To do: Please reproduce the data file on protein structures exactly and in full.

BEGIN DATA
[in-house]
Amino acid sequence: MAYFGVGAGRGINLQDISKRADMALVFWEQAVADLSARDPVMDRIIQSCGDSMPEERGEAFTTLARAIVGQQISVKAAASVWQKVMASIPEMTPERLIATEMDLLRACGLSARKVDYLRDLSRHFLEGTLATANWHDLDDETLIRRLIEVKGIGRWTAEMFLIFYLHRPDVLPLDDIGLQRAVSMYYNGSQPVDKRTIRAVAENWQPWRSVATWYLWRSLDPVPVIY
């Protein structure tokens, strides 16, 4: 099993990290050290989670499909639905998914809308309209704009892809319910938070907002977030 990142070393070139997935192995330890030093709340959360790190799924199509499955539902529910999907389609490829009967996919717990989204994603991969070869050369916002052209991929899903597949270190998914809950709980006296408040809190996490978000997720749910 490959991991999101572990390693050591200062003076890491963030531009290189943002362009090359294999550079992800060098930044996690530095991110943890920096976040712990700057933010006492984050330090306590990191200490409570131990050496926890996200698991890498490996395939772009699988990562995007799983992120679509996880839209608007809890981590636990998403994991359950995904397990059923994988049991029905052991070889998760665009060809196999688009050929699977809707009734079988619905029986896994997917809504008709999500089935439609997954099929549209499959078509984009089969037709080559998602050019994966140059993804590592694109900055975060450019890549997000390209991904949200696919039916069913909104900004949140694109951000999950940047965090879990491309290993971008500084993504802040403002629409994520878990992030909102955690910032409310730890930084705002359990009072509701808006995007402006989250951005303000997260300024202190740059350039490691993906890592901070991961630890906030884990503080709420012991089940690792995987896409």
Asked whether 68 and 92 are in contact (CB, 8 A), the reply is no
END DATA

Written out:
[in-house]
Amino acid sequence: MAYFGVGAGRGINLQDISKRADMALVFWEQAVADLSARDPVMDRIIQSCGDSMPEERGEAFTTLARAIVGQQISVKAAASVWQKVMASIPEMTPERLIATEMDLLRACGLSARKVDYLRDLSRHFLEGTLATANWHDLDDETLIRRLIEVKGIGRWTAEMFLIFYLHRPDVLPLDDIGLQRAVSMYYNGSQPVDKRTIRAVAENWQPWRSVATWYLWRSLDPVPVIY
């Protein structure tokens, strides 16, 4: 099993990290050290989670499909639905998914809308309209704009892809319910938070907002977030 990142070393070139997935192995330890030093709340959360790190799924199509499955539902529910999907389609490829009967996919717990989204994603991969070869050369916002052209991929899903597949270190998914809950709980006296408040809190996490978000997720749910 490959991991999101572990390693050591200062003076890491963030531009290189943002362009090359294999550079992800060098930044996690530095991110943890920096976040712990700057933010006492984050330090306590990191200490409570131990050496926890996200698991890498490996395939772009699988990562995007799983992120679509996880839209608007809890981590636990998403994991359950995904397990059923994988049991029905052991070889998760665009060809196999688009050929699977809707009734079988619905029986896994997917809504008709999500089935439609997954099929549209499959078509984009089969037709080559998602050019994966140059993804590592694109900055975060450019890549997000390209991904949200696919039916069913909104900004949140694109951000999950940047965090879990491309290993971008500084993504802040403002629409994520878990992030909102955690910032409310730890930084705002359990009072509701808006995007402006989250951005303000997260300024202190740059350039490691993906890592901070991961630890906030884990503080709420012991089940690792995987896409």
Asked whether 68 and 92 are in contact (CB, 8 A), the reply is no